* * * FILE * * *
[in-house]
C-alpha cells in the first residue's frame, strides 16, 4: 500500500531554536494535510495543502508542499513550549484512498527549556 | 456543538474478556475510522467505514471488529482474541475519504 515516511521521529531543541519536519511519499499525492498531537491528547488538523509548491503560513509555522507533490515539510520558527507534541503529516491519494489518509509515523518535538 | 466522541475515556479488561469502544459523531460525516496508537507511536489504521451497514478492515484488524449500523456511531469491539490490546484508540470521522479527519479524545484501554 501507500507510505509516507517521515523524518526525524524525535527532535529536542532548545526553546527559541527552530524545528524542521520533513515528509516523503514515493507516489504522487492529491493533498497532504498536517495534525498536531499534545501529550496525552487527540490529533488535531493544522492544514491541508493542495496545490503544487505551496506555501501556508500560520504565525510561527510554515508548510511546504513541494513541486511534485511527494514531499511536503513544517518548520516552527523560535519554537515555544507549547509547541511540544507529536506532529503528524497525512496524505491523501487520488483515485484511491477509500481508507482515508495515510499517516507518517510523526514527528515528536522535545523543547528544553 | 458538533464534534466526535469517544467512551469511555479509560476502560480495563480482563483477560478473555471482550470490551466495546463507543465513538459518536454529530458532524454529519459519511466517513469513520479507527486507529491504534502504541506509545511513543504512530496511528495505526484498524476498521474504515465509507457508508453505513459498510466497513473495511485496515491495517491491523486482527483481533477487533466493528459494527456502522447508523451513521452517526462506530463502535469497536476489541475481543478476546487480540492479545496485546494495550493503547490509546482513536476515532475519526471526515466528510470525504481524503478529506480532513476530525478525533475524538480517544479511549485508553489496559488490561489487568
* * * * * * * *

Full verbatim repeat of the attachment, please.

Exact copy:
[in-house]
C-alpha cells in the first residue's frame, strides 16, 4: 500500500531554536494535510495543502508542499513550549484512498527549556 | 456543538474478556475510522467505514471488529482474541475519504 515516511521521529531543541519536519511519499499525492498531537491528547488538523509548491503560513509555522507533490515539510520558527507534541503529516491519494489518509509515523518535538 | 466522541475515556479488561469502544459523531460525516496508537507511536489504521451497514478492515484488524449500523456511531469491539490490546484508540470521522479527519479524545484501554 501507500507510505509516507517521515523524518526525524524525535527532535529536542532548545526553546527559541527552530524545528524542521520533513515528509516523503514515493507516489504522487492529491493533498497532504498536517495534525498536531499534545501529550496525552487527540490529533488535531493544522492544514491541508493542495496545490503544487505551496506555501501556508500560520504565525510561527510554515508548510511546504513541494513541486511534485511527494514531499511536503513544517518548520516552527523560535519554537515555544507549547509547541511540544507529536506532529503528524497525512496524505491523501487520488483515485484511491477509500481508507482515508495515510499517516507518517510523526514527528515528536522535545523543547528544553 | 458538533464534534466526535469517544467512551469511555479509560476502560480495563480482563483477560478473555471482550470490551466495546463507543465513538459518536454529530458532524454529519459519511466517513469513520479507527486507529491504534502504541506509545511513543504512530496511528495505526484498524476498521474504515465509507457508508453505513459498510466497513473495511485496515491495517491491523486482527483481533477487533466493528459494527456502522447508523451513521452517526462506530463502535469497536476489541475481543478476546487480540492479545496485546494495550493503547490509546482513536476515532475519526471526515466528510470525504481524503478529506480532513476530525478525533475524538480517544479511549485508553489496559488490561489487568